Republican Veep Nominee Sarah Palin recently "pardoned" a turkey in her hometown of Wasilla, Alaska. Trouble is, she did a little ol' media interview (have y'all noticed how suddenly "accessible" she is now that the campaign is over? Hmmmmmmmm...) afterward.
Well, Palin's interview really wasn't the trouble, now, was it? Trouble was that as she yammered on About This & About That, a worker bee started to feed live turkeys to some kind of processing machine, which looks like a wood chipper to us (see the Little Man over Palin's Left Shoulder?). The video is far too graphic for the Moderate Sensibilities of The Scholastic Scribe (we are a Family Blog, after all!), but you can see David Letterman's Top 10 List about the incident at The Chancellor's New Clothes. The Gruesome Details, as well as a video of the bloodbath, are also posted on The Web, at about 800 million bazillion sites.
This stark little ol' bit of Black Humor (which all you English Teacher Types out there know as a literary device, which has nothing to do with Ethnic Heritage) puts in mind the most-excellent non-fiction narrative, Fast Food Nation, which we teach as part of Our Humble High School's AP English Lang Curriculum.
Along with graphic details about slaughterhouses, meat-packing, fast-food beef (Ugh. Never Again!) and the industry's shunning of grass-fed cattle, are other tiny little tidbits about food additives, known as Natural Flavorings. Don't wanna gross y'all out, this being The Thanksgiving Season and all, but this particular passage has become quite popular with our Lang Cherubs. Beth, Class of '08, even has staged a few "dramatic readings" around this excerpt from pages 128-129 of the paperback edition:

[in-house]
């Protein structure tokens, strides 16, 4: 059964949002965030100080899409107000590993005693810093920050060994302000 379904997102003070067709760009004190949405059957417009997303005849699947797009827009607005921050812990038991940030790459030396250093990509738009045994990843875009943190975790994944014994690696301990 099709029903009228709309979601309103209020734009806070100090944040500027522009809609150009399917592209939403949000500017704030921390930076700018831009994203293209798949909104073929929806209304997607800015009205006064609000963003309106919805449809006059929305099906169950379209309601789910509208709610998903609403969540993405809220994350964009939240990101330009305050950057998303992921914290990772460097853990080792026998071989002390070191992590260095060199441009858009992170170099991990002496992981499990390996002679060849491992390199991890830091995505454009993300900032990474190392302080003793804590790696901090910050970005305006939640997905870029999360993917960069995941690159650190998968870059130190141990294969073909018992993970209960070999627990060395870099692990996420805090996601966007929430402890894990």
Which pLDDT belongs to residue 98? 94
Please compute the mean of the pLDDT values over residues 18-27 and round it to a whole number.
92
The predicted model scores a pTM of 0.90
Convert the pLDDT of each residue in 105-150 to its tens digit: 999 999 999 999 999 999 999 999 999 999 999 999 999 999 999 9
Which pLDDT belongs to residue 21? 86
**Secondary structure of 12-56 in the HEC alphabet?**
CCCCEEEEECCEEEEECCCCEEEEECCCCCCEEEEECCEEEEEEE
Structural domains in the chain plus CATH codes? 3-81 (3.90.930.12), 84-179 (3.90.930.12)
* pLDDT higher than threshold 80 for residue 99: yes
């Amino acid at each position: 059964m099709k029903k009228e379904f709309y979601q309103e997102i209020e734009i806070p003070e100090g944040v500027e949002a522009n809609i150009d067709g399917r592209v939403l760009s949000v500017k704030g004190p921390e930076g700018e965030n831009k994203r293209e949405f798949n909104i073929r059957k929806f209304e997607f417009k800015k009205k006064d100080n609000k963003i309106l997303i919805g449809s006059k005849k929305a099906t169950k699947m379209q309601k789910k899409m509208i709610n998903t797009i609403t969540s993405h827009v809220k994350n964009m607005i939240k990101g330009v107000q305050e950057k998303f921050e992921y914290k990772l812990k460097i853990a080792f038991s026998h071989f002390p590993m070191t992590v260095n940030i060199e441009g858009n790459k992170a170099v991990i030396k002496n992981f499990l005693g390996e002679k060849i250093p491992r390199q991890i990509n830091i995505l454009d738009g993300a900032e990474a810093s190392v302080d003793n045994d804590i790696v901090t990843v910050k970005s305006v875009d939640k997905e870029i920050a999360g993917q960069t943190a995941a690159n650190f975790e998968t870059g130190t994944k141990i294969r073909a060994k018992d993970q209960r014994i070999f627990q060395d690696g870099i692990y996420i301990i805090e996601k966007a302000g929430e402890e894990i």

~One of the most widely used color additives-whose presence is often hidden by the phrase "color added"-violates a number of religious dietary restrictions, may cause allergic reactions in susceptible people, and comes from an unusual source. Cochineal extract (also known as carmine or carminic acid) is made from the dessiccated bodies of female Dactlyopius coccus Costa, a small insect harvested mainly in Peru and the Canary Islands. The bug feeds on red cactus berries and color from the berries accumulates in the females and their unhatched larvae. The insects are collected, dried, and ground into pigment. It takes about 70,000 of them to produce one pound of carmine, which is used to make processed foods look pink, red, or purple. Dannon strawberry yogurt gets its color from carmine, as do many frozen fruit bars, candies, fruit fillings, and Ocean Spray pink-grapefruit juice drink.~
Happy Thanksgiving, Eric Schlosser!